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season of such stress and difficulty. Still further, the period has been one full of instruction to every man of candid and intelligent mind. The whole nation has been at school. It has been taught new ideas in respect to duty and to policy. Old ideas have been rudely shaken, and have given way to others more conformed to the necessities and changes of the time. A policy fit for 1861 is not the policy for 1864. Principles do not change, but their application to events is continually changing. The consistent statesman is not he who never alters his policy, but he who, adapting his policy to shifting exigencies, is true always to the fixed north star of duty and of principle. Above all, in a period of social convulsion, a true and honorable consistency does not consist in adherence to the details of any preconceived plan or system, but in the ready adjustment of its details to the novel demands of the time; and it is this consistency which, in our opinion, Mr. Lincoln has eminently displayed. In his Inaugural Address, he said, 'The power confided to me will be used to hold, occupy, and possess the property and posts belonging to the government, and to collect the duties and imposts; but beyond what may be necessary for these objects, there will be no invasion, no using of force against or among the people anywhere.' But he also said, c I hold that, in contemplation of universal law and of the Constitution, the union of these States is perpetual.' And in support of this fundamental doctrine, his declaration that'there will be no using of force against or among the people anywhere' was rightly and consistently disregarded, and the tramp of the soldier in every seceded State was its commentary.
"On no subject have the sentiments of the Northern people undergone a more entire change since 1861, than on the question of the right of the general government to interfere with slavery. Not only is their view of the relation of the Constitution to slavery essentially modified, but within the powers with which the Constitution invested the President, has been found the arm from which slavery has received its death-blow. The idea of being called upon to use this arm had never crossed the mind of Mr. Lincoln up to the time of his inauguration. He, in common with the mass of the people of the North, was ready then to guarantee to the people of the South protection for slavery within its existing limits. His oath as President to support the Constitution was interpreted by him as depriving him of all lawful right to interfere, directly or indirectly, with the institution of slavery in the States where it then existed. But the progress of events taught him, as it taught the people, that slavery, like every other partial interest or relation, was subordinate to the general interest; that it was subject to the Constitution; that if, to preserve the Union, slavery must be destroyed, the Constitution, which formed the bond of the Union, could not be pleaded in its defence. His course on the matter was in accordance with the fundamental principles of his political creed. Other men, no doubt, earlier reached the same conclusions at which he arrived, and urged upon him the adoption of the policy which he at length pursued. But on them the responsibility of decision and action did not rest; and Mr. Lincoln's deep sense of that responsibility caused him to seem to reach slowly the point to which more eager and less considerate men had long before attained.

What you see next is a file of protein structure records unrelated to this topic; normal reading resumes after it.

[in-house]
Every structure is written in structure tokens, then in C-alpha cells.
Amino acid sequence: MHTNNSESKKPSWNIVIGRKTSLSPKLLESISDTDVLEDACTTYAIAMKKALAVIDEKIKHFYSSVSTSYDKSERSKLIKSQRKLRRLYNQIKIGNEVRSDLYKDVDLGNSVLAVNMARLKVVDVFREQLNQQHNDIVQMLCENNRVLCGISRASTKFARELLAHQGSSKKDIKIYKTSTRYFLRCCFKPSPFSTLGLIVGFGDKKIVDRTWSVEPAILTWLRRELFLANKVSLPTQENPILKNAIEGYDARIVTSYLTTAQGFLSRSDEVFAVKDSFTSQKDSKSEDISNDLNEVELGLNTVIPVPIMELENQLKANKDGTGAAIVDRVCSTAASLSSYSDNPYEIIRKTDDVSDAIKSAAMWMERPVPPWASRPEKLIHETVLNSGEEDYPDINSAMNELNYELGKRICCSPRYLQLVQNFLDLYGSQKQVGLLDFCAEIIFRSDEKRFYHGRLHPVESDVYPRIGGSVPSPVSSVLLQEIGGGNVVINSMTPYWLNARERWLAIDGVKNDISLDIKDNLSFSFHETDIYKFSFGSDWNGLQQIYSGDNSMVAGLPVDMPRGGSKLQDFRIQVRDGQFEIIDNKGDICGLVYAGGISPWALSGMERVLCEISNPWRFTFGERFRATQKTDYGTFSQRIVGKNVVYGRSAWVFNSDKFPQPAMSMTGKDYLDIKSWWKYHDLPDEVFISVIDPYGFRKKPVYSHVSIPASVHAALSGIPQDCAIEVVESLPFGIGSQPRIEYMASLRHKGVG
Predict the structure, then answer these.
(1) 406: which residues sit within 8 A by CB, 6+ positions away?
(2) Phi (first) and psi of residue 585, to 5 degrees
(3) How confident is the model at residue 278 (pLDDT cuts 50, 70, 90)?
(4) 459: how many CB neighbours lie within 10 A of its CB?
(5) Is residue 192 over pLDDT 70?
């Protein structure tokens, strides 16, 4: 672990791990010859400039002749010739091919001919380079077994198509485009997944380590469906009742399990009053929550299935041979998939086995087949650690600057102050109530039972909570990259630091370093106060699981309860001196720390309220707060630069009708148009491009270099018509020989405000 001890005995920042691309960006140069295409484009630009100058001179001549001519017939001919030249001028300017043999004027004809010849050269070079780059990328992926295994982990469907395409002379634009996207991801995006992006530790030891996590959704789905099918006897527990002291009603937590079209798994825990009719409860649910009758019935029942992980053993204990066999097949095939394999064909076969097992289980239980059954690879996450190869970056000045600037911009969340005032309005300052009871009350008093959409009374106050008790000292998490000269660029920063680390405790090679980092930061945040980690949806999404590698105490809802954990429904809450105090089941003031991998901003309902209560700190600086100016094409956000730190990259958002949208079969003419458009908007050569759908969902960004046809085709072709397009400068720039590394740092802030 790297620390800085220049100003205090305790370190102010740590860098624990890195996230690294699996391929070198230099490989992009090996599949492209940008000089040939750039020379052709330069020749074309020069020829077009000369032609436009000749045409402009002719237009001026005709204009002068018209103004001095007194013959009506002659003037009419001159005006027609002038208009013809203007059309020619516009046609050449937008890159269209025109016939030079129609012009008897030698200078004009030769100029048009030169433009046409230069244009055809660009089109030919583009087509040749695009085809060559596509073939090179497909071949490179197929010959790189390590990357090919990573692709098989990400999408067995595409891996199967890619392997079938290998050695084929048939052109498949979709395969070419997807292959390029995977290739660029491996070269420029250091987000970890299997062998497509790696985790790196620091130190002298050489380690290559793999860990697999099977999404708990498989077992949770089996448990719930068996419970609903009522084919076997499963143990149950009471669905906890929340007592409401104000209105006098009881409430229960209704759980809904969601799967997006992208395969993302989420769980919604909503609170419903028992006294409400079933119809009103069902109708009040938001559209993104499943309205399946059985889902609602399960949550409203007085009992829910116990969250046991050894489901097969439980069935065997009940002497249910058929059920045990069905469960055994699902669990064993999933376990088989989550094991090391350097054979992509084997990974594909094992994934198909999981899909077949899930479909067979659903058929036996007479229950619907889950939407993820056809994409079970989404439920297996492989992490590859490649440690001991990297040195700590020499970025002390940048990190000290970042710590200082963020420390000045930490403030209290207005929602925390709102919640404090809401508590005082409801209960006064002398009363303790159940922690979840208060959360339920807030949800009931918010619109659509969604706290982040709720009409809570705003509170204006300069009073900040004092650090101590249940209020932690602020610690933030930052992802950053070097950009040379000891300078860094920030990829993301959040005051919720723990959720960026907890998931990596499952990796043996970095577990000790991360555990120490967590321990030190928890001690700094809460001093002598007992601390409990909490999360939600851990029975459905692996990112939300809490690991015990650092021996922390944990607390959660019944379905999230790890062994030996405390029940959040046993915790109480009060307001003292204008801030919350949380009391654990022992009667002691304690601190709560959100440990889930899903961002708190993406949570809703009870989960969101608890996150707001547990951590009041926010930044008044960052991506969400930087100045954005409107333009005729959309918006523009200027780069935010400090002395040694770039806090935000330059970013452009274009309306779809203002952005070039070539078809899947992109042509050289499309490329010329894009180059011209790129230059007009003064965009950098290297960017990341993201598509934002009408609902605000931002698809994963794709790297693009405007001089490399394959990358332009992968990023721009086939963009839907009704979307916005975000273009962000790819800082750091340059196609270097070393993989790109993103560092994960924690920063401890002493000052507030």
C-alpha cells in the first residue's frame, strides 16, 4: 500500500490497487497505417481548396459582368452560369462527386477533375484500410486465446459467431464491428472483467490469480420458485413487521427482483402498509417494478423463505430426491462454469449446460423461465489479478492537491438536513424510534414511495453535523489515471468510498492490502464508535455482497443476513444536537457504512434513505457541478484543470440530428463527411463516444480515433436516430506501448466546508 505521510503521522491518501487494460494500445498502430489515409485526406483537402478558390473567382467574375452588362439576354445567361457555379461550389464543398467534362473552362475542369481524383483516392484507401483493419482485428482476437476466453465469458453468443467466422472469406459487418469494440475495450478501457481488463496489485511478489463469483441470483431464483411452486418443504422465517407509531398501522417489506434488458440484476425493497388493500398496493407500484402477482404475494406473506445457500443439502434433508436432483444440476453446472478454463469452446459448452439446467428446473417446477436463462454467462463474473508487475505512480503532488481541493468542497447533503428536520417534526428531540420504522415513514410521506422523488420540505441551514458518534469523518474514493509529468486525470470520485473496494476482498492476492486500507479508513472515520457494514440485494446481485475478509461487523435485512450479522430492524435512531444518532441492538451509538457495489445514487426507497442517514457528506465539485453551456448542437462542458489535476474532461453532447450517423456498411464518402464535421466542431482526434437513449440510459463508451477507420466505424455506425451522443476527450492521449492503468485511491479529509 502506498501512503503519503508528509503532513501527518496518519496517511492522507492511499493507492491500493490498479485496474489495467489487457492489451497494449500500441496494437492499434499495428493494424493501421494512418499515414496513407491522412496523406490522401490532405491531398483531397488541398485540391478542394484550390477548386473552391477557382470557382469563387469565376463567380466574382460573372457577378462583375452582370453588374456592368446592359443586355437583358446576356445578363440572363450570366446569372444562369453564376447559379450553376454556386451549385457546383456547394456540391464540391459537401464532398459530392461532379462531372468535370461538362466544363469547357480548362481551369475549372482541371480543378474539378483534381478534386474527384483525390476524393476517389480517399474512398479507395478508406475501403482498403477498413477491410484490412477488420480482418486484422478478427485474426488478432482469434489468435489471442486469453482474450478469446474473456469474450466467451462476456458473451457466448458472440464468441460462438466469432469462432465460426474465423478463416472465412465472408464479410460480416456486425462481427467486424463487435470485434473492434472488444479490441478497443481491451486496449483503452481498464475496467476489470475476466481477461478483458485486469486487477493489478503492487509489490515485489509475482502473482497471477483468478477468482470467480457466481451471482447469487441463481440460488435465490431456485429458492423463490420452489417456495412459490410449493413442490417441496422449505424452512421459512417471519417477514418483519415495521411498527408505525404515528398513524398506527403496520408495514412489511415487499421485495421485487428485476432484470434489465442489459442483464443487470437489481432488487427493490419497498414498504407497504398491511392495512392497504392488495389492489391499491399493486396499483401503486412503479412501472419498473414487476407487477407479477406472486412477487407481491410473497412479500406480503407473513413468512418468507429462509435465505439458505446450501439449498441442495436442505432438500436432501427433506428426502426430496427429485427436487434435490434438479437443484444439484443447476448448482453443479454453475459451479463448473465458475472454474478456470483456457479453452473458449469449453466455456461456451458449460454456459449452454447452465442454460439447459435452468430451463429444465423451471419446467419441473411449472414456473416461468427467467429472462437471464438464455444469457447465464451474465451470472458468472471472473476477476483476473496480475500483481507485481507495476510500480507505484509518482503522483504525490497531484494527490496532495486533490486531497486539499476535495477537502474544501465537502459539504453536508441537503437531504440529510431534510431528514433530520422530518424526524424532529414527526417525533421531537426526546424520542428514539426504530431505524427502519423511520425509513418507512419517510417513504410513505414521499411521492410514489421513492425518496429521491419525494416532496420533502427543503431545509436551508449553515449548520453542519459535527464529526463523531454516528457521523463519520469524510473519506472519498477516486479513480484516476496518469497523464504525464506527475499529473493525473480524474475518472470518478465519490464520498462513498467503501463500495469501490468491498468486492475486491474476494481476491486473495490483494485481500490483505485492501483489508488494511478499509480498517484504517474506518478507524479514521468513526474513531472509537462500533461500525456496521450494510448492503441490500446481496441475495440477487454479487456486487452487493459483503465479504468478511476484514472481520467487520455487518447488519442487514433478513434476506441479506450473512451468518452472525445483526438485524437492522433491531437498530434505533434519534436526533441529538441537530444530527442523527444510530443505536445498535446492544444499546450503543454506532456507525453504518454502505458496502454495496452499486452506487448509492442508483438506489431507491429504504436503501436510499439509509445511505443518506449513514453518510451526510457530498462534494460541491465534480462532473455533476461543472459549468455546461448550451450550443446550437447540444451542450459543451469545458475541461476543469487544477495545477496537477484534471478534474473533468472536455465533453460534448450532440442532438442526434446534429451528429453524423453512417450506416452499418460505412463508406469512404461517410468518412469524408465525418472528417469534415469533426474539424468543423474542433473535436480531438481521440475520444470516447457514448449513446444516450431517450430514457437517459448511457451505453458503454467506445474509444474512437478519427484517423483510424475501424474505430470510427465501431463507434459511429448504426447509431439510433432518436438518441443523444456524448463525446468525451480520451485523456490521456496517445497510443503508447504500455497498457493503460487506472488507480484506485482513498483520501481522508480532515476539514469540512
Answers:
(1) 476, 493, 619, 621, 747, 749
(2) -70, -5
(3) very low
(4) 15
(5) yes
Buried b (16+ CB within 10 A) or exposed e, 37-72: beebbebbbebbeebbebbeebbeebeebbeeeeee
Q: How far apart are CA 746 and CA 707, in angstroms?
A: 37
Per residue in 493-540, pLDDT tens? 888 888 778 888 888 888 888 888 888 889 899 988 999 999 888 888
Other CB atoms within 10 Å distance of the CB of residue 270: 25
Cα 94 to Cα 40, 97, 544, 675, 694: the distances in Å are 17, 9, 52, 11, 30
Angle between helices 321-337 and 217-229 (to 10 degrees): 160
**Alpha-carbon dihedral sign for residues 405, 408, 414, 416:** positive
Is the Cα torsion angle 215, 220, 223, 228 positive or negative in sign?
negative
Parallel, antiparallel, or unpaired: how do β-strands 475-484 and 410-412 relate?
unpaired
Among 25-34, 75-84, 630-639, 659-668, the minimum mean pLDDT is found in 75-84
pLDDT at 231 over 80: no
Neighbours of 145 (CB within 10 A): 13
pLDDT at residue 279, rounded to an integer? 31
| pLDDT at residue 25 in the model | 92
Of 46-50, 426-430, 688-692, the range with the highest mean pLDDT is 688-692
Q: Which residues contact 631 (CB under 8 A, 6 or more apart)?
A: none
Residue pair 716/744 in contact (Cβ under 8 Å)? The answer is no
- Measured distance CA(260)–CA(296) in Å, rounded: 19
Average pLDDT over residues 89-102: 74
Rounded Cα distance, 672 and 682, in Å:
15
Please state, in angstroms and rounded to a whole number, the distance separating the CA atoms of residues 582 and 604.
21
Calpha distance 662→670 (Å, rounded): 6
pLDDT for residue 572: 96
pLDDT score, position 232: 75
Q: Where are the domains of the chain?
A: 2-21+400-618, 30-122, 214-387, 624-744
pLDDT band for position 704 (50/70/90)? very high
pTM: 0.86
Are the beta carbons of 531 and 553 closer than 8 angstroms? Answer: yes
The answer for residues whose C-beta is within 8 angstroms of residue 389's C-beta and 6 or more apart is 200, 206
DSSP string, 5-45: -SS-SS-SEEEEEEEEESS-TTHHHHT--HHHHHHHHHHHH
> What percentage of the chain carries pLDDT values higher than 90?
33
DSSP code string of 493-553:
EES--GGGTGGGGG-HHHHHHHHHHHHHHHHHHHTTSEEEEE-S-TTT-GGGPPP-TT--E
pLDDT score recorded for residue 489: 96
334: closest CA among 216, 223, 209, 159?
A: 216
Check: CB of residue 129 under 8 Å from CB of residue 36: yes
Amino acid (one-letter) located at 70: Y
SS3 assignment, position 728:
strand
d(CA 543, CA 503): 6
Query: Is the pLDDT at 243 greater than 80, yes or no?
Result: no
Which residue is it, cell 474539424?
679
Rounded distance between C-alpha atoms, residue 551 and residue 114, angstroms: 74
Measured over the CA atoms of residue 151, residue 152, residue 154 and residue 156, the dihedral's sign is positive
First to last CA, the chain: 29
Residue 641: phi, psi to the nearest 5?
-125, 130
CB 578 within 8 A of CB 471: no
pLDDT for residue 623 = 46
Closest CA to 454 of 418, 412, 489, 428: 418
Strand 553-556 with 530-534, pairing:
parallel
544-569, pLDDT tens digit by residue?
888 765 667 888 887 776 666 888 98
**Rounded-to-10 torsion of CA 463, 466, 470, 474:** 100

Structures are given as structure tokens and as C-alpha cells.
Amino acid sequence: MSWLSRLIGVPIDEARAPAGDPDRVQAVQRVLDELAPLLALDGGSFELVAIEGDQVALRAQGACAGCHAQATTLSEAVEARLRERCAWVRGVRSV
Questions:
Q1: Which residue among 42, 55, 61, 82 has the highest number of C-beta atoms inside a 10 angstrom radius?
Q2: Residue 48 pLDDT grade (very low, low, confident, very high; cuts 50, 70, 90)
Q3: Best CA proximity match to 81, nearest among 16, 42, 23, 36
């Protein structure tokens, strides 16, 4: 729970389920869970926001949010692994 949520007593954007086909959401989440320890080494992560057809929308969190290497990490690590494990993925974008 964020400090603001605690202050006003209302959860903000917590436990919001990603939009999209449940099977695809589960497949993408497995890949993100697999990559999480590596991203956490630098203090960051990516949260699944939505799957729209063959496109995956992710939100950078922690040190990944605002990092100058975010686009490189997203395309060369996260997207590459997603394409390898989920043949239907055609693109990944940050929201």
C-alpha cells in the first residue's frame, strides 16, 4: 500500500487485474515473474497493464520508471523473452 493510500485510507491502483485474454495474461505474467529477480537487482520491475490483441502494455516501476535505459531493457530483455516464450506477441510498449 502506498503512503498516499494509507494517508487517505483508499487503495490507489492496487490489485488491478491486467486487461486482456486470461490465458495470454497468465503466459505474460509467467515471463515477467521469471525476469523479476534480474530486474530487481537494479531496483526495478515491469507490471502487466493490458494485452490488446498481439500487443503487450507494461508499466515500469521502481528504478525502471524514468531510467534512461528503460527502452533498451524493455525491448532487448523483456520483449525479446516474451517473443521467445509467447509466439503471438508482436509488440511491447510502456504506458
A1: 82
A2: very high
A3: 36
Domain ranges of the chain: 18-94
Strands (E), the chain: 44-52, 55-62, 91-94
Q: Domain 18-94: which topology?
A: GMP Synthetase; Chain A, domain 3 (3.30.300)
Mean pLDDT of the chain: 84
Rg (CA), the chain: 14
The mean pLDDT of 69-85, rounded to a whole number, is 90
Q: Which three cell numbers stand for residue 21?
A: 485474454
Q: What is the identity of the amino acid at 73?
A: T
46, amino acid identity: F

"Moreover, in Mr. Lincoln's position, the conflicting interests and the contradictory opinions of men of the loyal, and especially of the Border States, have made it a task of extreme difficulty and delicacy to learn the true sentiment of the North. To unite and to keep united the people of the loyal States in the support of the administration, so far as such union was possible, was Mr. Lincoln's arduous task. On this union depended the power to carry on the war. Every delay, every disaster to our arms, every imcompetence, every personal disappointment and private grief, every wounded vanity, all partizan hates and jealousies, every danger, in fine, against which an American statesman could be called on to provide, lay in his path. He could not, if he did his duty, expect either wholly to please his friends or to win his enemies; he could not force compliance with his views, or insist on the adoption of measures which he might esteem desirable or essential. His character was not fitted to secure a strong body of personal supporters. He stood comparatively isolated and alone; and his duty was to save the Union, and to save it with its institutions sound and whole. Popular opinion was changing and developing rapidly. Mr. Lincoln's own views were changing and advancing with it. But it was impossible to make sure of popular opinion, so diverse were the voices of the people. * I am